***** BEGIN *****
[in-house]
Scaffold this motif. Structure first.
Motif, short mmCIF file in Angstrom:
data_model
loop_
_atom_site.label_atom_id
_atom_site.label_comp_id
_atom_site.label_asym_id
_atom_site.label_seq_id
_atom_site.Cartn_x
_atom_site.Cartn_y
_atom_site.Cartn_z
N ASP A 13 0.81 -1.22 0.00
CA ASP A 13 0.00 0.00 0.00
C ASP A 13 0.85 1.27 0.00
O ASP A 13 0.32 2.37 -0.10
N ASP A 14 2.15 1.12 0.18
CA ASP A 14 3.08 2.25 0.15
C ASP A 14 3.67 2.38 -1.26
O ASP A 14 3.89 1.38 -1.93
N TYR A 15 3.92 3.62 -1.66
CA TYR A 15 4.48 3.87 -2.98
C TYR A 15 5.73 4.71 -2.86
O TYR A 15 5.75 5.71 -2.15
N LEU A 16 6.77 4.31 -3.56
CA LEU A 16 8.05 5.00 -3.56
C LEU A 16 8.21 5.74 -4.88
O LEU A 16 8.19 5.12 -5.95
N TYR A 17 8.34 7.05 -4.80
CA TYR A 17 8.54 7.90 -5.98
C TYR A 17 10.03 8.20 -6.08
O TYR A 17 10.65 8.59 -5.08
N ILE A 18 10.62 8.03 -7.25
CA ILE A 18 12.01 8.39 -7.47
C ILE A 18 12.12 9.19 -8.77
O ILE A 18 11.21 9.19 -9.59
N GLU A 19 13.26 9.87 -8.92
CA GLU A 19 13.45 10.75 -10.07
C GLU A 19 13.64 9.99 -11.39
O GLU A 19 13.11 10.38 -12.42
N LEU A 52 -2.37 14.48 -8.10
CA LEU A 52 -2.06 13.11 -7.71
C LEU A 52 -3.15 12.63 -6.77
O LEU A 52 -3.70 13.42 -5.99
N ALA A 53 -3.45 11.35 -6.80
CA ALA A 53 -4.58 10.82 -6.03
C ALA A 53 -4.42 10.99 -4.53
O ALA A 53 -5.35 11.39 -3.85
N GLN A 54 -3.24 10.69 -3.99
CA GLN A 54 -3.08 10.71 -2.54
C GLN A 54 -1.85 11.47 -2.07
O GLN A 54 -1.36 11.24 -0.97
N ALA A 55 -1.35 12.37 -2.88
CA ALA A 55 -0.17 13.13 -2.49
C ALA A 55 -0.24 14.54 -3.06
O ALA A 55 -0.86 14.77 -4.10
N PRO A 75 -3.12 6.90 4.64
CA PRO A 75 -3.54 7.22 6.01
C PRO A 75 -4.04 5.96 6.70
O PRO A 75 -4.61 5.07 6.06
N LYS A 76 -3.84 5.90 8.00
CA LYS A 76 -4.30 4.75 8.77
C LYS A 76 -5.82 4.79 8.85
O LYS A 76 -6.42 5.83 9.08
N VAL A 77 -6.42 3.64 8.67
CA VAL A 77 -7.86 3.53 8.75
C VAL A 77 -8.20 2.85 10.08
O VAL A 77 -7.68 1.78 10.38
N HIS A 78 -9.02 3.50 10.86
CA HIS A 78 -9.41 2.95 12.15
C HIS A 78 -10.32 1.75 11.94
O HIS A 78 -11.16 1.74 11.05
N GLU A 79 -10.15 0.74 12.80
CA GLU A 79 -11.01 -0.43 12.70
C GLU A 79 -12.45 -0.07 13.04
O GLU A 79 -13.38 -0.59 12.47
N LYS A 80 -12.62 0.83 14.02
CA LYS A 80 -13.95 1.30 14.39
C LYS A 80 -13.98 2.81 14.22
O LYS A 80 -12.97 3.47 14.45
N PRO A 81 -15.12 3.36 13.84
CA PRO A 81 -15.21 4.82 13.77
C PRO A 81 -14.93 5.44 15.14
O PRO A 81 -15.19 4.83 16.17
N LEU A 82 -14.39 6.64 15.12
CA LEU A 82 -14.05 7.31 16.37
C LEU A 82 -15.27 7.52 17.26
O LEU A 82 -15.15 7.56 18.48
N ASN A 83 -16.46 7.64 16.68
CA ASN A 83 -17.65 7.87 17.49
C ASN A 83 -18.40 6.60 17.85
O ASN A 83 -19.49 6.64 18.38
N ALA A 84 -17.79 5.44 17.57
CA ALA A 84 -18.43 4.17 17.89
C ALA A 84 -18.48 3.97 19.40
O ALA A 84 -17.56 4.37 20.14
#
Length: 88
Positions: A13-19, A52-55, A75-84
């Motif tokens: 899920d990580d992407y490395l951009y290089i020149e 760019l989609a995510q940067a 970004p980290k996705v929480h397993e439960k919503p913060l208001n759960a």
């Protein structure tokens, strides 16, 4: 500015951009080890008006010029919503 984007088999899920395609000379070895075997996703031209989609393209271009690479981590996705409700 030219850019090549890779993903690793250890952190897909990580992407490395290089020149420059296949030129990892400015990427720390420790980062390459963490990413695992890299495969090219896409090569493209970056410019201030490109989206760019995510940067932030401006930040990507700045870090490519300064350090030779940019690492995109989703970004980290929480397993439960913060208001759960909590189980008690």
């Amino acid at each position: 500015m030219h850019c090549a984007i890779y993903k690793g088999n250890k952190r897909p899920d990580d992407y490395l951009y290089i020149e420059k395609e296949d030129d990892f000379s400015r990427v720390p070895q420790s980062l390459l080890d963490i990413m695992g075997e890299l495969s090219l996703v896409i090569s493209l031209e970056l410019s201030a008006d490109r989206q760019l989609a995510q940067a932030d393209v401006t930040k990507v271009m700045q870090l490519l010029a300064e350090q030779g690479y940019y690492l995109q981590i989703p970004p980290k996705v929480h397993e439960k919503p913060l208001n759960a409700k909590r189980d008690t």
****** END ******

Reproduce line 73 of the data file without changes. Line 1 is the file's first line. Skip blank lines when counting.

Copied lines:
N GLU A 79 -10.15 0.74 12.80